Baby is still growing, and when the diaphragm contracts, the baby will actually suck in amniotic fluid.
This is a signal from the brain to get the diaphragm working, and when this happens, the fluid makes the hiccup. While some women are worried their baby is choking, this isn’t the case. When the baby is inside of the womb, it will rely completely on mom, so the lungs may be forming, but they really don’t serve a use at this point in the pregnancy.
Your baby may also hiccup when they’re born, and there is no need to worry at this time.
Many women won’t even notice the fetal hiccups occurring, but when they do, they’re most common in the second and third trimester. Kicking is far more noticeable.
7 Tips on How to Stop Hiccups During Pregnancy
It was cute at first, but now you’re finding that hiccups during pregnancy are no fun at all. You have enough trouble sleeping, and the hiccups aren’t making matters any better. The truth is you want to have your baby already and rid yourself of all these odd symptoms.
The good news is that you’ll be able to stop your own hiccups – you can’t really stop fetal hiccups.
A few of the tried and true ways to stop hiccups, include:
- Sugar– a teaspoon of sugar right in the mouth can help a lot. While not scientifically backed, the idea is that the granules cause the esophagus to essentially “reset” causing the contractions to stop. As someone that suffers from hiccups more than the average person, I find sugar to work very well for getting rid of hiccups.
- Ice Cold Water– you can sip ice cold water slowly. The water will cause the contractions to relax and may put an end to those annoying hiccups that are driving you nutty.
- Hold Your Breath – a common form of treatment is to hold your breath for 20 seconds or so. The idea is that you need to do this 3 – 4 times in a row, and it helps stop hiccups. Be careful not to hold your breath to the point that you pass out (people have in the past).
- Lemon– not only will something sweet help you stop hiccups, but something sour will help, too. Suck on a slice of lemon, and you may find that you have no more hiccups during pregnancy.
- Lean Forward– a neat trick that my mom once told me was to lean forward to compress my chest. While this method works most of the time, it’s usually not the first option I try.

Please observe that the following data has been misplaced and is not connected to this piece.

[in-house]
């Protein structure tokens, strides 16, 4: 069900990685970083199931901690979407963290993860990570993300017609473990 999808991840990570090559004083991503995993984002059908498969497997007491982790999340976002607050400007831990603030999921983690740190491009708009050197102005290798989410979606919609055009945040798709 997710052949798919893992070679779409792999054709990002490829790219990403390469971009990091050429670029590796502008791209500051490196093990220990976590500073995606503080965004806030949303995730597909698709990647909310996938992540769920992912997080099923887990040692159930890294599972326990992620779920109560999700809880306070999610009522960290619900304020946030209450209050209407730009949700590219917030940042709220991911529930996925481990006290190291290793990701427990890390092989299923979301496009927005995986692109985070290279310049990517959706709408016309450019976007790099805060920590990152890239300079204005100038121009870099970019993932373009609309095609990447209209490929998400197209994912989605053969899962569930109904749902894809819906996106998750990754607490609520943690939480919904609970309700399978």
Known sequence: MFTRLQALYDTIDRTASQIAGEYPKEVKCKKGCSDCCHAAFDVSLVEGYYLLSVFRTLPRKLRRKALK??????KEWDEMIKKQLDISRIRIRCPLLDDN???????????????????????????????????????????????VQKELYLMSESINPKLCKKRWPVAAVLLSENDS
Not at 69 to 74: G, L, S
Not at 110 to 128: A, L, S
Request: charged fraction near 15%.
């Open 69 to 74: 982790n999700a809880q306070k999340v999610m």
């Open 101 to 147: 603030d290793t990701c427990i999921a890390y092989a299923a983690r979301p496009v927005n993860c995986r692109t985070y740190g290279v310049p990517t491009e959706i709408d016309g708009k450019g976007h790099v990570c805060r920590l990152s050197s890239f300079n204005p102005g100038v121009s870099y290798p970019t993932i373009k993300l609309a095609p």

- Swallow and Pressure– swallow and put pressure on your nose. I am not sure why this method works, and I am not sure science knows either. But, this method does seem to work for the most part and is worth a try.
- Honey– a personal favorite of mine is to eat a teaspoon of honey. This will act much like the sugar does in our first tip, but the honey will also coat the throat. If you want to amplify the benefits of honey, choose local honey which will help you better combat allergies in your local area.
You may also notice a constant burping during pregnancy, and while annoying, this is caused by gas buildup in the body. See, when you’re pregnant, the transient time through the intestines can be increased by as much as 30%.
This means that it takes far longer for you to digest your foods.
And you won’t be able to pass gas with ease either. In fact, it’s quite annoying and uncomfortable. The good news is that this gas won’t have an impact on your hiccups or cause any lasting side effects either.
In very rare cases, a person may have a medical condition that is causing them to hiccup. When this occurs, a doctor may recommend a muscle relaxant that will help ease the spasmodic contractions in your chest. The problem is that when you take these medications, they can have an impact on your baby, so it’s often ill-advised to take any unnecessary medications while pregnant.